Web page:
Canadian writer's thriller named bestselling paperback in Britain
Linwood Barclay's No Time for Goodbye was Britain's bestselling paperback novel in 2008, beating out Patricial Cornwell's Book of the Dead and Maeve Binchy's This Year It Will Be Different, among others.
The former Toronto Star humour columnist's first stand-alone thriller sold 636,105 copies in Britain and 1.5 million worldwide, according to the London Sunday Times in its year-end bestseller lists published last Sunday.
"And at least five per cent of sales aren't recorded, so we're really talking about at least 670,000 sold in Britain," Barclay told CBC News on Thursday from his home in Burlington, Ont.
"It still doesn't seem real," he added. "I never expect this to happen again."
The novel was first published in hardcover in Germany by Ullstein in 2007, by Bantam Books later that year in North America and by Orion in Britain in January 2008.
The story is about a teenage girl who wakes up one day to find her entire family has vanished. Years later, as an adult, she tries to find out what happened to them.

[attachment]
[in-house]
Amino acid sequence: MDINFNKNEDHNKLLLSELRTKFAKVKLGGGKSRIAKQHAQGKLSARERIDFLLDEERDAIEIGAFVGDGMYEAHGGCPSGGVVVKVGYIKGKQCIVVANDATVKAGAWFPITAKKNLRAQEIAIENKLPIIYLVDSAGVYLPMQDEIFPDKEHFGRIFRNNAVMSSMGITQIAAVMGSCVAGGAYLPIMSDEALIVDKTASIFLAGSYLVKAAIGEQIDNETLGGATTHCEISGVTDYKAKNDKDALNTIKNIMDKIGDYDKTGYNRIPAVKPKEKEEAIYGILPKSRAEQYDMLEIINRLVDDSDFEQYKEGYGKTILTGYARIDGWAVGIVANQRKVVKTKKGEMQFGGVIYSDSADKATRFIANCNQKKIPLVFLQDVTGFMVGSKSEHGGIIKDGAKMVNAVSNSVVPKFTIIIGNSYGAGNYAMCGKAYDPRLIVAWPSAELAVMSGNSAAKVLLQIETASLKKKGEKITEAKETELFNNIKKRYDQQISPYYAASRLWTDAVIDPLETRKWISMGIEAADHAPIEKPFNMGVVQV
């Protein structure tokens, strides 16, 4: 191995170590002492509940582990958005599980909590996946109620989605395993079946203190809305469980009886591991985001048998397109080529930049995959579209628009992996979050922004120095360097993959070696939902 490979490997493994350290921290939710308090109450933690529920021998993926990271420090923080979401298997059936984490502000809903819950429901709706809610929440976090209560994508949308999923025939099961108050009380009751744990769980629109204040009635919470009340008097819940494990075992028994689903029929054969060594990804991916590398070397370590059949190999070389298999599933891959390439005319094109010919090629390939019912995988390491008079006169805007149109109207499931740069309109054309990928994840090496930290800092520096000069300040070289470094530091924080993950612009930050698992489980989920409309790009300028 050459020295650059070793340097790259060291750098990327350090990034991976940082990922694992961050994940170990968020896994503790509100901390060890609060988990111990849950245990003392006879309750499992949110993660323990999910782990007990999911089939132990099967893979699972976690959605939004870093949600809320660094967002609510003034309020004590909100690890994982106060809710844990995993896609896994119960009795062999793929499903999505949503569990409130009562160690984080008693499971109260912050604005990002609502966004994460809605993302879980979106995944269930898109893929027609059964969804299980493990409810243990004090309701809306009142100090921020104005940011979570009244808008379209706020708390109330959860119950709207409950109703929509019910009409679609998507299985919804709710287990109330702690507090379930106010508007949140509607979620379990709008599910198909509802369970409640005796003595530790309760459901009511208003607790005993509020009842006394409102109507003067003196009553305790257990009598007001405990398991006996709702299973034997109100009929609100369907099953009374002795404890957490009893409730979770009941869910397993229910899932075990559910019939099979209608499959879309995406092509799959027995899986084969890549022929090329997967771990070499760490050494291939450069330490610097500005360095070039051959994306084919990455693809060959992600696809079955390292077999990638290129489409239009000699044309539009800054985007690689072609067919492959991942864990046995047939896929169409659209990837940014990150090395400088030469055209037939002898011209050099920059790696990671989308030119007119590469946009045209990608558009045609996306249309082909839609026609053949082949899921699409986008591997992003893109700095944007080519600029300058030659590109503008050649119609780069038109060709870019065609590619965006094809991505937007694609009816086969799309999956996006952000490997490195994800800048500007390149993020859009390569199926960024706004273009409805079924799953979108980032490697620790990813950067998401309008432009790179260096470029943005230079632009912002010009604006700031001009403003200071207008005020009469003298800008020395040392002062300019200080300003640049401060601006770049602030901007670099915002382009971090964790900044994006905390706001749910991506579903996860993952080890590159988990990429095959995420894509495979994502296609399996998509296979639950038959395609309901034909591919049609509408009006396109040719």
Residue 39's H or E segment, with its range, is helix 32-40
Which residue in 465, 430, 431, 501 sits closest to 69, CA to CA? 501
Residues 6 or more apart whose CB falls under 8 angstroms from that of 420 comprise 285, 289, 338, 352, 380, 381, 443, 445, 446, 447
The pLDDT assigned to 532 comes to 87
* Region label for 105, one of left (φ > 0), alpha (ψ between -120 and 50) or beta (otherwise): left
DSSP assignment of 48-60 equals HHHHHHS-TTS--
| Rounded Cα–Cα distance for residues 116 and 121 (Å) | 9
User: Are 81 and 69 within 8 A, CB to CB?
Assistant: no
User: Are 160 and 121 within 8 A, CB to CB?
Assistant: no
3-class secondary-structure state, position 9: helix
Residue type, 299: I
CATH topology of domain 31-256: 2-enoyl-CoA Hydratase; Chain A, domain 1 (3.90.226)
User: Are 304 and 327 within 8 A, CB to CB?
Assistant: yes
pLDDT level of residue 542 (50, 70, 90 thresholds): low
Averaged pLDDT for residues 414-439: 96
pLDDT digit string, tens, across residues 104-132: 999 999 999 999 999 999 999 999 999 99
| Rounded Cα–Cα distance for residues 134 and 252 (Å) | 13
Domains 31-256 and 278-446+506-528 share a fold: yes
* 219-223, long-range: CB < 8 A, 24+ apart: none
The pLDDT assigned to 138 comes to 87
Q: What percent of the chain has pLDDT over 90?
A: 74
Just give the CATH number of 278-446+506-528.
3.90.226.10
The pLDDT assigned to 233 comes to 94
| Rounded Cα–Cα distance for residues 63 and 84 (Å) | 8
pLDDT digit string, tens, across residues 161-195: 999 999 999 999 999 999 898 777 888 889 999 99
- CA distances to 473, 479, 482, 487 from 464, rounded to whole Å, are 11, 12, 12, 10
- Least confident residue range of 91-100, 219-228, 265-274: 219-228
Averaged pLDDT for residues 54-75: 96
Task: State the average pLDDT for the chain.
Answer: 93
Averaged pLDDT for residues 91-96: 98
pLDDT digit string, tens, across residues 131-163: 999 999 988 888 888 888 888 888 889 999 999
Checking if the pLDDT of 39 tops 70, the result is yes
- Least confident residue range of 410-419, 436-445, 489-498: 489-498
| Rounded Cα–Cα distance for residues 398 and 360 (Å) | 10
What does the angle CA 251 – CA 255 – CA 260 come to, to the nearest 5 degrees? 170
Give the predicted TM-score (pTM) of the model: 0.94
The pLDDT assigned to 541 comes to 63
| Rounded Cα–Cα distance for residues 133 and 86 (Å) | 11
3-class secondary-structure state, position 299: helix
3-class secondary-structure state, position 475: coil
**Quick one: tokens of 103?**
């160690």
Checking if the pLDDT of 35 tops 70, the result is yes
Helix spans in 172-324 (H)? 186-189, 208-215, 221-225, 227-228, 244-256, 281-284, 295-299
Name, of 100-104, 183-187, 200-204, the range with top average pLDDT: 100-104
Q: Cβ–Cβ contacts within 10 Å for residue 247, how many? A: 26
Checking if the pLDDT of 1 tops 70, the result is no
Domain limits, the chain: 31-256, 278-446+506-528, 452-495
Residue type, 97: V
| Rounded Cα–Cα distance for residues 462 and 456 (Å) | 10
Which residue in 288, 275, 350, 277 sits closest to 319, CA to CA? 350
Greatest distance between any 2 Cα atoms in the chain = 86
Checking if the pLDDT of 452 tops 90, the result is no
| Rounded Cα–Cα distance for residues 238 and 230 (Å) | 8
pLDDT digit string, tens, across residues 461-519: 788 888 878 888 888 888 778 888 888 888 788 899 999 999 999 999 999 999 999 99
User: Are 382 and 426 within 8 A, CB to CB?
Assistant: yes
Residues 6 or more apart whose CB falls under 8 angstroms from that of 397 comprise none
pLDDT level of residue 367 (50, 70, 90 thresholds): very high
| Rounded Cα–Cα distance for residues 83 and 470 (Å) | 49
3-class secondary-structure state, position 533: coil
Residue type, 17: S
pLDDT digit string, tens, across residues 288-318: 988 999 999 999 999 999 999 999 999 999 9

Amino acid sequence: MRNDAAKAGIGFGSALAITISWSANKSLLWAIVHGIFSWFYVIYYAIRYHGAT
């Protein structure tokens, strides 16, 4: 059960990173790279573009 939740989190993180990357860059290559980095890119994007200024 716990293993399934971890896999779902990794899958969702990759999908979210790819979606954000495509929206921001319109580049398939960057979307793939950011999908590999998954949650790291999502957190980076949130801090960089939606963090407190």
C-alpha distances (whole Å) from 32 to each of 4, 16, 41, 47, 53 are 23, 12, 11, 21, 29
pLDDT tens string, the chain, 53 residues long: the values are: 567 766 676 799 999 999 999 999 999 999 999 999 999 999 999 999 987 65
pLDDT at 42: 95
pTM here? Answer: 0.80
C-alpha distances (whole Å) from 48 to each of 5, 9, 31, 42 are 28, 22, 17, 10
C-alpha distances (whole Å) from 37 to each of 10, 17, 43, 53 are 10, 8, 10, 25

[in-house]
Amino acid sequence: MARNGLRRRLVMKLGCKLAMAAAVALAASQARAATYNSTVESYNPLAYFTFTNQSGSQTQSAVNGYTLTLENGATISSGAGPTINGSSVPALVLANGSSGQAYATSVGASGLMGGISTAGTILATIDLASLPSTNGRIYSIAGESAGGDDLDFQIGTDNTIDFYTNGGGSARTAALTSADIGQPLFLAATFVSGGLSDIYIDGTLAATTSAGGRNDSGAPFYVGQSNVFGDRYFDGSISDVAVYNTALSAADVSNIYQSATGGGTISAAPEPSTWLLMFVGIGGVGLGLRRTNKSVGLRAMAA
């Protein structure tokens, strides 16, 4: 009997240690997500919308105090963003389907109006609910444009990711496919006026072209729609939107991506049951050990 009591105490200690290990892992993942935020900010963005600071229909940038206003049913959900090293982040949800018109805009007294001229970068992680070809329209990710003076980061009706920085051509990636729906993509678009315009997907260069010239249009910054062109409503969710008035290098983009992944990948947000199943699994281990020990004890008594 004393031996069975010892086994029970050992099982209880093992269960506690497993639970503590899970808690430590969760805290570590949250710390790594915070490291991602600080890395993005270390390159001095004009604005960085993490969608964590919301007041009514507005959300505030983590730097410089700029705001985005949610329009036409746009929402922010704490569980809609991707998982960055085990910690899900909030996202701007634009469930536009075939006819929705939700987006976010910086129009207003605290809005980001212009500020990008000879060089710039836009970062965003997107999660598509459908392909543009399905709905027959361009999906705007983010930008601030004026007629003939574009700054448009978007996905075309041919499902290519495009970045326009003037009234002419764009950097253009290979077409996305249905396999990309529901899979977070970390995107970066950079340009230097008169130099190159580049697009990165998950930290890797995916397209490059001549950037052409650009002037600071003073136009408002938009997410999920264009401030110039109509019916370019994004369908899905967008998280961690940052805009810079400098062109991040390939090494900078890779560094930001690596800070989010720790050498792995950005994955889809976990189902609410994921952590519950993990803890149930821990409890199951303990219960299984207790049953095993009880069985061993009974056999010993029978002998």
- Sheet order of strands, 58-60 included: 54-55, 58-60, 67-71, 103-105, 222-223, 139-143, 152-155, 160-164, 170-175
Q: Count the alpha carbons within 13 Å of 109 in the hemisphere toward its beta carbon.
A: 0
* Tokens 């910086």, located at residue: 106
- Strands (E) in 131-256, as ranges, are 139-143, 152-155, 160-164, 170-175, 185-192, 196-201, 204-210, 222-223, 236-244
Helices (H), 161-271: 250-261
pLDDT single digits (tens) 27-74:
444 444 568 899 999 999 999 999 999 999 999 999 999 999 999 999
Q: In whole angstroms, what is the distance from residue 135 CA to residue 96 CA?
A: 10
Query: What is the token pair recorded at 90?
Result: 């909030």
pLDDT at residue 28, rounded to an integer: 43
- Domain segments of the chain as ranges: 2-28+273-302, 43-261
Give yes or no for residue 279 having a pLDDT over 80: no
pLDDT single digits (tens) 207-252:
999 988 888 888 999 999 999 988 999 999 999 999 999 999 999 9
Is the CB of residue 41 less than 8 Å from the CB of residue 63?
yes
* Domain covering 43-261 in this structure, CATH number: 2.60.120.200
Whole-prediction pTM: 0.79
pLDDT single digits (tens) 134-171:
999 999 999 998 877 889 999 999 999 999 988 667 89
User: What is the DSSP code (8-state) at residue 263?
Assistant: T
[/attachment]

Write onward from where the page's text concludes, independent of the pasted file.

"I think it taps into a primal fear about being abandoned," Barclay said. "It's a very fast, fun read."
The book has been translated into nearly two dozen languages and about 500,000 sales were in Germany, Barclay added.
A popular 'summer read'
In June, No Time for Goodbye was one of eight "summer reads" of The Richard & Judy Book Club. The British equivalent of Oprah's Book Club, the club nominates about 500 books a year and is influential in generating sales.
To take advantage of being on the book club's shortlist, Orion moved the paperback publication forward and it came out later that month. It was voted Richard & Judy's winning book by readers in September.
Barclay's latest stand-alone thriller, Too Close to Home, was released in hardcover in September.
Barclay left the Toronto Star last year to focus on writing fiction.
He has also written four non-fiction books, and the four-novel Zack Walker mystery series.
Despite a print run of 3.5 million copies and reports of being sold out at booksellers, J.K. Rowling's The Tales of Beedle the Bard, which was published in early December, didn't make the Sunday Times' hardcover fiction short list.
"Maybe that's because it is a book of short stories, rather than a novel," Barclay said, "or because it's considered chilldren's fiction."